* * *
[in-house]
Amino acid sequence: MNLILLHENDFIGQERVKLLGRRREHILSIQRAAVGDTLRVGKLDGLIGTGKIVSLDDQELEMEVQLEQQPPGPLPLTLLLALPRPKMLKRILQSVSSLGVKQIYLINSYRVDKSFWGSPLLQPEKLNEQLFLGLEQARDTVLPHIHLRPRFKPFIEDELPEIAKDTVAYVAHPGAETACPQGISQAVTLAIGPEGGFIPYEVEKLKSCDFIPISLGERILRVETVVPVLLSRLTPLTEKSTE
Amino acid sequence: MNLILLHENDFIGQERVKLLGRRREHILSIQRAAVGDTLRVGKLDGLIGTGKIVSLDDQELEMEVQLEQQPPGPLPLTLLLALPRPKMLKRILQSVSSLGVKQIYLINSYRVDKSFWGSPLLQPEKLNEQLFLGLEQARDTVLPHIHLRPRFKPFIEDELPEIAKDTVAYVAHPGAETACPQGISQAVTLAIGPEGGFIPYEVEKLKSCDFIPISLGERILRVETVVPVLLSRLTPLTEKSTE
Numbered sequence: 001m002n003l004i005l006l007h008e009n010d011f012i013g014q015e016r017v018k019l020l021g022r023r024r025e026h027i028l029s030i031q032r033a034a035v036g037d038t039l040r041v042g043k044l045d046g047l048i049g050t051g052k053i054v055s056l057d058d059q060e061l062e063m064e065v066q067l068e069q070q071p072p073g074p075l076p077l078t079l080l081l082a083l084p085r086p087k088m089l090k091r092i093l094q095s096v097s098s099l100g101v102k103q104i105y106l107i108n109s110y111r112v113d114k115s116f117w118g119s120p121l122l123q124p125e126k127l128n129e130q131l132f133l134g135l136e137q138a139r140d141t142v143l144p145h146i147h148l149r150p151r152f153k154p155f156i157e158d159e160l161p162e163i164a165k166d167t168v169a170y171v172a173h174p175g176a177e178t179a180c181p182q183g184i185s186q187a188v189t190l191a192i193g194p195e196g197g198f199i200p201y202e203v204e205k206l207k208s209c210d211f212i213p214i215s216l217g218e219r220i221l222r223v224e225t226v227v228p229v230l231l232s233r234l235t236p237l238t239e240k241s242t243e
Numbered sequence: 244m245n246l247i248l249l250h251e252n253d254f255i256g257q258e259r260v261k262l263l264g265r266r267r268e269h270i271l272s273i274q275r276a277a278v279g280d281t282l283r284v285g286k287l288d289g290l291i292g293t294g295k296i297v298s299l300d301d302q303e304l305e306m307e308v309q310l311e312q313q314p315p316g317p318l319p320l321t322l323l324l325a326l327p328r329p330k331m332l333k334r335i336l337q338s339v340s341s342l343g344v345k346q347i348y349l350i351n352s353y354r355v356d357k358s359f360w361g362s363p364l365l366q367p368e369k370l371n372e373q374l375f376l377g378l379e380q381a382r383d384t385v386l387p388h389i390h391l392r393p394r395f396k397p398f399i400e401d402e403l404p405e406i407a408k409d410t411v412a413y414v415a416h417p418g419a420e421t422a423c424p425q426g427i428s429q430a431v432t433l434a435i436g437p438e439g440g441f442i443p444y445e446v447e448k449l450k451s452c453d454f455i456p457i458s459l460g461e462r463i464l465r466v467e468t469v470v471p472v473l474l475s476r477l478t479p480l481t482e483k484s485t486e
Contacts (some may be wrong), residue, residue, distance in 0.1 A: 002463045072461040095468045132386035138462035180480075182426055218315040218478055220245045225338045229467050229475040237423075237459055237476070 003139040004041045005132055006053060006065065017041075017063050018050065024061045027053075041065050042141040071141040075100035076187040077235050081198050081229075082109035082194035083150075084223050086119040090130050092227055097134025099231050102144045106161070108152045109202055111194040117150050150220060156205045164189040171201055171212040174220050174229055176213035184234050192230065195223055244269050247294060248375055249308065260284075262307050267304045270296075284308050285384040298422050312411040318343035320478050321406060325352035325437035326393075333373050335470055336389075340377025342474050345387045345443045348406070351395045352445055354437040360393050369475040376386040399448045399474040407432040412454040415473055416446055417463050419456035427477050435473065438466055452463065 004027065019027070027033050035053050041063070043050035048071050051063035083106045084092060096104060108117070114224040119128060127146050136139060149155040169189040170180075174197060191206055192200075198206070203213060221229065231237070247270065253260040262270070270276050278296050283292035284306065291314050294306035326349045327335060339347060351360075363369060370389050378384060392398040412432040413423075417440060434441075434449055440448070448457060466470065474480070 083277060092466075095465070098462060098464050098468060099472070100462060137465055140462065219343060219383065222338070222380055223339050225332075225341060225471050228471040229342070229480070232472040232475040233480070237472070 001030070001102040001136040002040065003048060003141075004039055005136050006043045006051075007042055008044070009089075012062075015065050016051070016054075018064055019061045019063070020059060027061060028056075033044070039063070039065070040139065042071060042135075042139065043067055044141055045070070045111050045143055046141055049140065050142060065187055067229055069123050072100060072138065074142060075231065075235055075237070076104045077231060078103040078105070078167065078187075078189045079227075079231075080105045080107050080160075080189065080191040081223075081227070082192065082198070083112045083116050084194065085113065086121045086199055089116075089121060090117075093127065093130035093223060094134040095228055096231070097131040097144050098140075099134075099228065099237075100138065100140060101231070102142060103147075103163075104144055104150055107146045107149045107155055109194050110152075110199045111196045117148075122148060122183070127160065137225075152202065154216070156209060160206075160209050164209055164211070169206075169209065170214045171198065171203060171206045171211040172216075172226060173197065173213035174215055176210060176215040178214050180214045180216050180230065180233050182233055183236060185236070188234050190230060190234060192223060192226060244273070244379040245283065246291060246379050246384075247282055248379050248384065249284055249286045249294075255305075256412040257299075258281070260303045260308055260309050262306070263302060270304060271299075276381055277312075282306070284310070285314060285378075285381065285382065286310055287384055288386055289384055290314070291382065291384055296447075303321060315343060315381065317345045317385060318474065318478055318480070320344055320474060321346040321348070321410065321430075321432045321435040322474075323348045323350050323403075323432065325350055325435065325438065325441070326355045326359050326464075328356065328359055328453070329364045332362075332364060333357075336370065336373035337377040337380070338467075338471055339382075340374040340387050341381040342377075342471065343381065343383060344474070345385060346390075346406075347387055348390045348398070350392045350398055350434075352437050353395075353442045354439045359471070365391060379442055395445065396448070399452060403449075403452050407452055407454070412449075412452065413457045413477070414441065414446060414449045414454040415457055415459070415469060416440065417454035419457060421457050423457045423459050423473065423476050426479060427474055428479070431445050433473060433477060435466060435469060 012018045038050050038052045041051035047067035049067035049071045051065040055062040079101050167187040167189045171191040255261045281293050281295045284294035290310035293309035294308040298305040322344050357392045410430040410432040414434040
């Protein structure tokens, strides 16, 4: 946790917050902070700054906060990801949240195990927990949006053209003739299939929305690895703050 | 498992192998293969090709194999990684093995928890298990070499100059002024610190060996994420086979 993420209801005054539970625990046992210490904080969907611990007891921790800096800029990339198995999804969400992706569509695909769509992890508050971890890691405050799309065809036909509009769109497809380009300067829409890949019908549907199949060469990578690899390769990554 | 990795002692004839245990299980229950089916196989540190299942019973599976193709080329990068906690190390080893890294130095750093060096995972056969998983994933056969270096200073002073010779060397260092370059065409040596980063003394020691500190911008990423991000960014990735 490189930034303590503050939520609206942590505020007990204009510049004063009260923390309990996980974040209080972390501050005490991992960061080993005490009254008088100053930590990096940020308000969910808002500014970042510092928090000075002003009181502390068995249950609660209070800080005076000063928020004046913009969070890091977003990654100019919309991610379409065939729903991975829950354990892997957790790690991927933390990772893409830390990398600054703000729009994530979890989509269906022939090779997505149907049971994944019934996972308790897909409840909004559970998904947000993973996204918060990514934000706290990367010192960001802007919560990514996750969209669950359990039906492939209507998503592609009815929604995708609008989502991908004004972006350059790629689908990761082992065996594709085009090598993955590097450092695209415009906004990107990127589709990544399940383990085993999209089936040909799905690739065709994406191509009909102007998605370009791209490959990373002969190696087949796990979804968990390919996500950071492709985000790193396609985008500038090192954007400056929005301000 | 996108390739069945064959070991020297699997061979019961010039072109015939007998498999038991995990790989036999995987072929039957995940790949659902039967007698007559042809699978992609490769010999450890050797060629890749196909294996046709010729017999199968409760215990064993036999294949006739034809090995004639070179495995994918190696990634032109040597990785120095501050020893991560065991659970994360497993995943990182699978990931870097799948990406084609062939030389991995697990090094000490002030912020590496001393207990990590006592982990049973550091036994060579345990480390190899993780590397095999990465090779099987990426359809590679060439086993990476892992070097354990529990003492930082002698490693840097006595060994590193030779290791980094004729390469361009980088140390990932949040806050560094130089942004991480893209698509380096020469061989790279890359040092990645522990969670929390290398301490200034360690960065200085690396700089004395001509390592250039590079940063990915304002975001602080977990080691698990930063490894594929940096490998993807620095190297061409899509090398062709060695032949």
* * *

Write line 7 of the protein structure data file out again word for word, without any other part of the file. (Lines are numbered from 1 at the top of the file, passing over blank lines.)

């Protein structure tokens, strides 16, 4: 946790917050902070700054906060990801949240195990927990949006053209003739299939929305690895703050 | 498992192998293969090709194999990684093995928890298990070499100059002024610190060996994420086979 993420209801005054539970625990046992210490904080969907611990007891921790800096800029990339198995999804969400992706569509695909769509992890508050971890890691405050799309065809036909509009769109497809380009300067829409890949019908549907199949060469990578690899390769990554 | 990795002692004839245990299980229950089916196989540190299942019973599976193709080329990068906690190390080893890294130095750093060096995972056969998983994933056969270096200073002073010779060397260092370059065409040596980063003394020691500190911008990423991000960014990735 490189930034303590503050939520609206942590505020007990204009510049004063009260923390309990996980974040209080972390501050005490991992960061080993005490009254008088100053930590990096940020308000969910808002500014970042510092928090000075002003009181502390068995249950609660209070800080005076000063928020004046913009969070890091977003990654100019919309991610379409065939729903991975829950354990892997957790790690991927933390990772893409830390990398600054703000729009994530979890989509269906022939090779997505149907049971994944019934996972308790897909409840909004559970998904947000993973996204918060990514934000706290990367010192960001802007919560990514996750969209669950359990039906492939209507998503592609009815929604995708609008989502991908004004972006350059790629689908990761082992065996594709085009090598993955590097450092695209415009906004990107990127589709990544399940383990085993999209089936040909799905690739065709994406191509009909102007998605370009791209490959990373002969190696087949796990979804968990390919996500950071492709985000790193396609985008500038090192954007400056929005301000 | 996108390739069945064959070991020297699997061979019961010039072109015939007998498999038991995990790989036999995987072929039957995940790949659902039967007698007559042809699978992609490769010999450890050797060629890749196909294996046709010729017999199968409760215990064993036999294949006739034809090995004639070179495995994918190696990634032109040597990785120095501050020893991560065991659970994360497993995943990182699978990931870097799948990406084609062939030389991995697990090094000490002030912020590496001393207990990590006592982990049973550091036994060579345990480390190899993780590397095999990465090779099987990426359809590679060439086993990476892992070097354990529990003492930082002698490693840097006595060994590193030779290791980094004729390469361009980088140390990932949040806050560094130089942004991480893209698509380096020469061989790279890359040092990645522990969670929390290398301490200034360690960065200085690396700089004395001509390592250039590079940063990915304002975001602080977990080691698990930063490894594929940096490998993807620095190297061409899509090398062709060695032949």